By Barry Rascovar / July 2, 2013
TAXES ON GASOLINE in Maryland went up 3.5 cents on Monday; crossing toll bridges and tunnels got a lot more expensive, especially for truckers. Fees to combat stormwater pollution kicked in as well in the greater Baltimore-Washington area.
It’s a big pill to swallow, even in a state whose leaders have felt no compunction about raising over 40 taxes, especially on businesses and the well-too-do, during the O’Malley-Brown reign in Annapolis.
Yes, the fees and taxes that commenced July 1 are necessary over the long run. We may not like it, but progress comes with a price.
Land of Toxic Living?
Would we rather watch bridges collapse, beltway congestion mushroom and pollution of streams, rivers and the Chesapeake Bay turn Maryland into the “Land of Toxic Living”?
It’s the timing and the size of these tax increases that are so terrible.
The burden imposed on businesses and non-profits is harmful and counter-productive. Critics have a right to mock the state’s chief executive by cynically shouting: “Pile high the taxes, Martin!”
Wait Till Later
Even worse, the first stage of the gasoline tax in Maryland pales compared with future increases dictated under the new law that could total 65 cents. The cries of anguish and anger will dog the next administration in Annapolis — a gift from the departing governor.
It didn’t have to play out this way.
A thoughtful, practical and courageous approach by political leaders in the Maryland State House would have led to action much sooner. That would have meant smaller levies phased in over time and two decades of transportation and environmental upgrades.
A Better Way
It’s no surprise that more must be spent today to stem pollution caused by stormwater runoff. If Maryland had acted sooner, the fees would have been more modest and the remediation would have been cheaper.
Instead, O’Malley & Co. waited . . . and waited . . . and waited until the Environmental Protection Agency strong-armed Maryland and other nearby states to commit to big pollution cleanups.
It also was no surprise Maryland needed more money to repair dilapidated bridges and highways. Yet no governor and no legislature in the last 20 years had the courage to do the right thing..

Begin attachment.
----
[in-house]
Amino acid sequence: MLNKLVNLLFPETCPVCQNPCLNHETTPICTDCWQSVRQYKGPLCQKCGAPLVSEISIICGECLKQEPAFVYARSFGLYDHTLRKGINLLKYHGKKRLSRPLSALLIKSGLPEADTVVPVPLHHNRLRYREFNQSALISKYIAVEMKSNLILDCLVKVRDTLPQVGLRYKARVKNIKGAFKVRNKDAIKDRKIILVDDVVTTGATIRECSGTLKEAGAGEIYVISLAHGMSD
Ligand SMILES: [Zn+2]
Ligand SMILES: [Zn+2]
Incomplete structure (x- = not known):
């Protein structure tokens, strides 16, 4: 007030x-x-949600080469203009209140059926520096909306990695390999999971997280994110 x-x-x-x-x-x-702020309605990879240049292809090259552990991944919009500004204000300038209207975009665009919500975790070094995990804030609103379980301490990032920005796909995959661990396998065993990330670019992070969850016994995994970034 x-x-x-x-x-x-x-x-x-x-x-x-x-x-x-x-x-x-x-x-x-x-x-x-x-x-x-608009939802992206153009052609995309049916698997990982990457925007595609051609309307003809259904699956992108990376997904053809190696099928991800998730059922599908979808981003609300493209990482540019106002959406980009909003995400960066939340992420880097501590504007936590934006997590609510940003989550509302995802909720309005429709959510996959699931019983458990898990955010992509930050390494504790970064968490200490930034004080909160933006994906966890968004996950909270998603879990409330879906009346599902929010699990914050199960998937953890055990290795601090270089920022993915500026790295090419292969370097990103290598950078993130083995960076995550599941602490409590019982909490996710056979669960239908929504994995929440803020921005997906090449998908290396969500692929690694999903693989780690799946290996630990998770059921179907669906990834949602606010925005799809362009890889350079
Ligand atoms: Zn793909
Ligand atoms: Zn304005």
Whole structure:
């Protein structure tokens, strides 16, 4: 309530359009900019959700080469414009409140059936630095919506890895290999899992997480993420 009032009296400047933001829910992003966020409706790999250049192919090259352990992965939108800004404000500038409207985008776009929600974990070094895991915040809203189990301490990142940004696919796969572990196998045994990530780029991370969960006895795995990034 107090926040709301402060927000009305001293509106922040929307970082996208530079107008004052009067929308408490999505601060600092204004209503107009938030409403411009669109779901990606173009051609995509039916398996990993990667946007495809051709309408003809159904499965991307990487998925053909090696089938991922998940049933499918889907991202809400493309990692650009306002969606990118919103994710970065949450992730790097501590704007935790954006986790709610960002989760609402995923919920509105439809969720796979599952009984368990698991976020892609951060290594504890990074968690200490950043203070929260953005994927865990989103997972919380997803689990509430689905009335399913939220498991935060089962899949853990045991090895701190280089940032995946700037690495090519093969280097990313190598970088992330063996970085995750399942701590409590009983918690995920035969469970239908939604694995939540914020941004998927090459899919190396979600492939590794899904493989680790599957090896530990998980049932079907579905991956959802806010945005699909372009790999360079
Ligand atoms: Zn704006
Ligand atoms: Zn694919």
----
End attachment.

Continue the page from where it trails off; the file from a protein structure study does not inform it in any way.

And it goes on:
Gone With The Wind
Instead, they took the Scarlett O’Hara approach: They put off difficult decisions until Maryland faced a transportation crisis and construction costs had soared.
As a result, Marylanders face a raft of gas tax increases that eventually will make this state one of the costliest in the nation at the pump. The new tolls for some truckers are so severe it may put their businesses in jeopardy.
Governors and legislators also dramatically raised the cost for fixing transportation and environmental shortcomings by waiting.
Parris Didn’t Get It
Had Gov. Parris Glendening overcome his political trepidation and acted in the best, long-term interests of Maryland he would have insisted in the 1990s on a gas tax increase tied to inflation. He also would have imposed modest fees to stem sewage plant and stormwater pollution of the Chesapeake.
The same can be said of Bob Ehrlich, who jacked up transportation licensing fees instead of biting the bullet with a far larger tax increase at the pump. He deserves credit, though, for imposing an unpopular “flush tax” to modernize sewage treatment plants. It didn’t win him points with conservatives — and hurt his reelection chances — but it was the right thing to do.
O’Malley failed to seize his moment (“carpe diem”) in 2007 when he had a golden chance to ram through a gas tax increase along with slots legalization. A small environmental cleanup fee could have been tacked on at that time, too.
So Many Missed Opportunities
We could have averted the current round of tax hikes but no one in the State House took the high road. They worried about re-electability instead of Maryland’s long-term viability.
We would have had better roads and bridges, too, and a cleaner Chesapeake Bay had our political leaders acted wisely in the past. Two decades of progress in transportation and the environment were lost.
Our leaders haven’t been very courageous. We’re paying the price for that today.
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